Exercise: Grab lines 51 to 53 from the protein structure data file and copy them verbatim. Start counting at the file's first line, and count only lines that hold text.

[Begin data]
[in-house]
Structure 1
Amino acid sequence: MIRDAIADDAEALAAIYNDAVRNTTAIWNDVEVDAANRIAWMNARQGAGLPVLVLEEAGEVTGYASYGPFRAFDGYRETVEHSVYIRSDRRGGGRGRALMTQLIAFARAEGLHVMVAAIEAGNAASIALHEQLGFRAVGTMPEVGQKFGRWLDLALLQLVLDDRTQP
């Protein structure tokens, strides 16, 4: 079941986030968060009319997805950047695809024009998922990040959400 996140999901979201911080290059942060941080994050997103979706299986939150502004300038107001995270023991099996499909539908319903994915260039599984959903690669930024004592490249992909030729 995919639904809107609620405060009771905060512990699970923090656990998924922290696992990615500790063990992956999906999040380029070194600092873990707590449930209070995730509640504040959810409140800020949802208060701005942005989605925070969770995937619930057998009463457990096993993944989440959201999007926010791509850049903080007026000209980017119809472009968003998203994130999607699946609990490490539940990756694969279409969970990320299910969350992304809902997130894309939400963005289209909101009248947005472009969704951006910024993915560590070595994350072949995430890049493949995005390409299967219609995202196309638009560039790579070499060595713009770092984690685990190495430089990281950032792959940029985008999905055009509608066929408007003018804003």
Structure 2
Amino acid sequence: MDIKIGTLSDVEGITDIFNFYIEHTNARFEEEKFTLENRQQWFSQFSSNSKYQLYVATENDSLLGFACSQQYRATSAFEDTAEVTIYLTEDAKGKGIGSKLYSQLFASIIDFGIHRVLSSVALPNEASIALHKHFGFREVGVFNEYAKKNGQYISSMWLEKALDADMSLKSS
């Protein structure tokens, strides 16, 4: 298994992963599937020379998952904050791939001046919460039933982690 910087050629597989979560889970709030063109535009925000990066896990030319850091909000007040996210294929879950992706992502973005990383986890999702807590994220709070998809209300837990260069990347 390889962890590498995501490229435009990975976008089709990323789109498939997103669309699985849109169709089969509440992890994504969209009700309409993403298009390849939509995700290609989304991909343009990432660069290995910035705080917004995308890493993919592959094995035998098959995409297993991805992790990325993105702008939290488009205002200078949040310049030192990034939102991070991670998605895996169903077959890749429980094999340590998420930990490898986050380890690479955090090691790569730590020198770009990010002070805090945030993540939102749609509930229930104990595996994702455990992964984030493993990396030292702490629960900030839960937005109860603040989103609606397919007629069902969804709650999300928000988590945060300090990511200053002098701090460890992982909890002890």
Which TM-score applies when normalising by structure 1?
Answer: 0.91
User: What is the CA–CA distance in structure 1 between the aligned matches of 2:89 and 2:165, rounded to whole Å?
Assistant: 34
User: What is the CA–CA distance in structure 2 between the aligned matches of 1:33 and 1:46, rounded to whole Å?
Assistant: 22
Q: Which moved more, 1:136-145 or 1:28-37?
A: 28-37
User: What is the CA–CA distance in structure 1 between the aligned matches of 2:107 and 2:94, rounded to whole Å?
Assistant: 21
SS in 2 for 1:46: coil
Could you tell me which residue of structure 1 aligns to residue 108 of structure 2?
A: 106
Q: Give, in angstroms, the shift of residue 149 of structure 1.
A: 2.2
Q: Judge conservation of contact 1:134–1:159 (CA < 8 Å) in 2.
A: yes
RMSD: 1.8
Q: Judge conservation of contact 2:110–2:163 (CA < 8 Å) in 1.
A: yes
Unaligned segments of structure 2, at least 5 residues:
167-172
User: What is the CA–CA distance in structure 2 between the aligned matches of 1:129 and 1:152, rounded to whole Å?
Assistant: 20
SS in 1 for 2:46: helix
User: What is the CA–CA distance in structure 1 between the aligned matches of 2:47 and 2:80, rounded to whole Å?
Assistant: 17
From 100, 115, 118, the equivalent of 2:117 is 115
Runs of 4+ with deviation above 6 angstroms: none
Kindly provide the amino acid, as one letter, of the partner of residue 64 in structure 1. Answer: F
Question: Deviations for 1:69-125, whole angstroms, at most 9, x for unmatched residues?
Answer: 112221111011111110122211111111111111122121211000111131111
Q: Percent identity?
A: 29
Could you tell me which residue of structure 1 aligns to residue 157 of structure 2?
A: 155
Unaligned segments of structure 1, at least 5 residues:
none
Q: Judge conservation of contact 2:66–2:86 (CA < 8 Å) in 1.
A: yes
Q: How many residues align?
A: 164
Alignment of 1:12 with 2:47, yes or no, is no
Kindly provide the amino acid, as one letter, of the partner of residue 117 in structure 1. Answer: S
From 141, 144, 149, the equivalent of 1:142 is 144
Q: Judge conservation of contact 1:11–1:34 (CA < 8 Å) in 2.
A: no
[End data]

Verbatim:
Kindly provide the amino acid, as one letter, of the partner of residue 117 in structure 1. Answer: S
From 141, 144, 149, the equivalent of 1:142 is 144
Q: Judge conservation of contact 1:11–1:34 (CA < 8 Å) in 2.